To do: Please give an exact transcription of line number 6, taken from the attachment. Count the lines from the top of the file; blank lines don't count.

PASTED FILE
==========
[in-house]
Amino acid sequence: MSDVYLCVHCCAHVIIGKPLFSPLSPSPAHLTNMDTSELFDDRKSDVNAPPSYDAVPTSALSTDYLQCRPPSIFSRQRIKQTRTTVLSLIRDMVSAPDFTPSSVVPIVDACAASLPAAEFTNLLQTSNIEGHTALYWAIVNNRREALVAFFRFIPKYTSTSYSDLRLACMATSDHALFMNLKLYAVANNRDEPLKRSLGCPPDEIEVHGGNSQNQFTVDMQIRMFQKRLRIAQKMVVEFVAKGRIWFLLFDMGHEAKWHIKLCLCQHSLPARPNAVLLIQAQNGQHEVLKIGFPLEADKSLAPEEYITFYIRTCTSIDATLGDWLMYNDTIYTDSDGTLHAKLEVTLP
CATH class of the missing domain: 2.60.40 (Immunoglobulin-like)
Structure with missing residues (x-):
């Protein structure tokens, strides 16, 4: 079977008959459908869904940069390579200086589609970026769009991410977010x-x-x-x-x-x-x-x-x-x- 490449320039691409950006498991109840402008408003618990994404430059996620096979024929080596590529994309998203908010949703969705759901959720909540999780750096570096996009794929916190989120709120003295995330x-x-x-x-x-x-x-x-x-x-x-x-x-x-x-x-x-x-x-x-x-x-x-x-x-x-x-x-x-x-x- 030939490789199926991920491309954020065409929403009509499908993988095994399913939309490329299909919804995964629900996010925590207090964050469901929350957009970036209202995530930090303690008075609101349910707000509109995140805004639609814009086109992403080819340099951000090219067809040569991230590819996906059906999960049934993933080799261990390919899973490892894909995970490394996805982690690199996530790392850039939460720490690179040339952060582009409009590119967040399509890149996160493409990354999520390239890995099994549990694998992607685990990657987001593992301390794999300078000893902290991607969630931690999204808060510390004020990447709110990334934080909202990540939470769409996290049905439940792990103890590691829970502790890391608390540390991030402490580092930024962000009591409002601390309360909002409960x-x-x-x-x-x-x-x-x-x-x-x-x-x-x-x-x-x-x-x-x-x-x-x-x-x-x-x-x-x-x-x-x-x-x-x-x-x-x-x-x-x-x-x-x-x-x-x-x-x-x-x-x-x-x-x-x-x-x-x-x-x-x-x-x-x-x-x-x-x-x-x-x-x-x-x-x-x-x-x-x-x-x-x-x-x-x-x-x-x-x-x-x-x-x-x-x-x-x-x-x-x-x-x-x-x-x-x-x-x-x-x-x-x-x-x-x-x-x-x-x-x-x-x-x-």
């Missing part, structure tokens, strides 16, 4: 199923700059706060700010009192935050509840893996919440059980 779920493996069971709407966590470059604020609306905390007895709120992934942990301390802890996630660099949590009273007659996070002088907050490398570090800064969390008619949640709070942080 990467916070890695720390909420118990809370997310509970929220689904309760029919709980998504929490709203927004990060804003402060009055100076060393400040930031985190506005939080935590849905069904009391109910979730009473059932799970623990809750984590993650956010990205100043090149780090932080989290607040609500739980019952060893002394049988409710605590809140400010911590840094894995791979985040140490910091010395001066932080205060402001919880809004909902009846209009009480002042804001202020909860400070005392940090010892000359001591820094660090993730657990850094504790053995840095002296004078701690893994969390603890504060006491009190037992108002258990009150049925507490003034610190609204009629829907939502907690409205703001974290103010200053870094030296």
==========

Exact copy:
């Missing part, structure tokens, strides 16, 4: 199923700059706060700010009192935050509840893996919440059980 779920493996069971709407966590470059604020609306905390007895709120992934942990301390802890996630660099949590009273007659996070002088907050490398570090800064969390008619949640709070942080 990467916070890695720390909420118990809370997310509970929220689904309760029919709980998504929490709203927004990060804003402060009055100076060393400040930031985190506005939080935590849905069904009391109910979730009473059932799970623990809750984590993650956010990205100043090149780090932080989290607040609500739980019952060893002394049988409710605590809140400010911590840094894995791979985040140490910091010395001066932080205060402001919880809004909902009846209009009480002042804001202020909860400070005392940090010892000359001591820094660090993730657990850094504790053995840095002296004078701690893994969390603890504060006491009190037992108002258990009150049925507490003034610190609204009629829907939502907690409205703001974290103010200053870094030296």